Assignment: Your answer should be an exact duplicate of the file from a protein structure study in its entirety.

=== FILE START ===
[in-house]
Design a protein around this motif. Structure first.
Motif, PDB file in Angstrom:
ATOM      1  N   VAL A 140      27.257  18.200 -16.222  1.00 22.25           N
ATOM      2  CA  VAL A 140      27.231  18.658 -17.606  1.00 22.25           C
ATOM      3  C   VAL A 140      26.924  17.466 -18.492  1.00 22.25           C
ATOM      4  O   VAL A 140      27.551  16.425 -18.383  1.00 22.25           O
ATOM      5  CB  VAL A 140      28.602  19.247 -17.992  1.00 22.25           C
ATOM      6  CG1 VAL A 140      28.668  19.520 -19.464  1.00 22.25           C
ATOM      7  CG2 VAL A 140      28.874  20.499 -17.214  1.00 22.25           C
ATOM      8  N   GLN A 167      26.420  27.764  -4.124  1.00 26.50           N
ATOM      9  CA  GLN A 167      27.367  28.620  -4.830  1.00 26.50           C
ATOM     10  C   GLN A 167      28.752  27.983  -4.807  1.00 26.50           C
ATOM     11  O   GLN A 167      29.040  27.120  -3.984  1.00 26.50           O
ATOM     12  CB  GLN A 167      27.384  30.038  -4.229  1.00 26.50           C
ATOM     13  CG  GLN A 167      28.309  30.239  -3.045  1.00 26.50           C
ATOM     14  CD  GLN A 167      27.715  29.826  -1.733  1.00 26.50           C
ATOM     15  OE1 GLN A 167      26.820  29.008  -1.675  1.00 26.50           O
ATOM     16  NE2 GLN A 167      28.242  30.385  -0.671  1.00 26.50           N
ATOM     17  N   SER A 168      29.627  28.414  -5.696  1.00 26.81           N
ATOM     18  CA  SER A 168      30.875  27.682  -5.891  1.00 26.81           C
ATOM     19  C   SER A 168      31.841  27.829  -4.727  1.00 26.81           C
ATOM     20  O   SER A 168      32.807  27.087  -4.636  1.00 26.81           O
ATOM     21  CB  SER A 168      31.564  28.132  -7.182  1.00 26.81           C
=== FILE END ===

[in-house]
Design a protein around this motif. Structure first.
Motif, PDB file in Angstrom:
ATOM      1  N   VAL A 140      27.257  18.200 -16.222  1.00 22.25           N
ATOM      2  CA  VAL A 140      27.231  18.658 -17.606  1.00 22.25           C
ATOM      3  C   VAL A 140      26.924  17.466 -18.492  1.00 22.25           C
ATOM      4  O   VAL A 140      27.551  16.425 -18.383  1.00 22.25           O
ATOM      5  CB  VAL A 140      28.602  19.247 -17.992  1.00 22.25           C
ATOM      6  CG1 VAL A 140      28.668  19.520 -19.464  1.00 22.25           C
ATOM      7  CG2 VAL A 140      28.874  20.499 -17.214  1.00 22.25           C
ATOM      8  N   GLN A 167      26.420  27.764  -4.124  1.00 26.50           N
ATOM      9  CA  GLN A 167      27.367  28.620  -4.830  1.00 26.50           C
ATOM     10  C   GLN A 167      28.752  27.983  -4.807  1.00 26.50           C
ATOM     11  O   GLN A 167      29.040  27.120  -3.984  1.00 26.50           O
ATOM     12  CB  GLN A 167      27.384  30.038  -4.229  1.00 26.50           C
ATOM     13  CG  GLN A 167      28.309  30.239  -3.045  1.00 26.50           C
ATOM     14  CD  GLN A 167      27.715  29.826  -1.733  1.00 26.50           C
ATOM     15  OE1 GLN A 167      26.820  29.008  -1.675  1.00 26.50           O
ATOM     16  NE2 GLN A 167      28.242  30.385  -0.671  1.00 26.50           N
ATOM     17  N   SER A 168      29.627  28.414  -5.696  1.00 26.81           N
ATOM     18  CA  SER A 168      30.875  27.682  -5.891  1.00 26.81           C
ATOM     19  C   SER A 168      31.841  27.829  -4.727  1.00 26.81           C
ATOM     20  O   SER A 168      32.807  27.087  -4.636  1.00 26.81           O
ATOM     21  CB  SER A 168      31.564  28.132  -7.182  1.00 26.81           C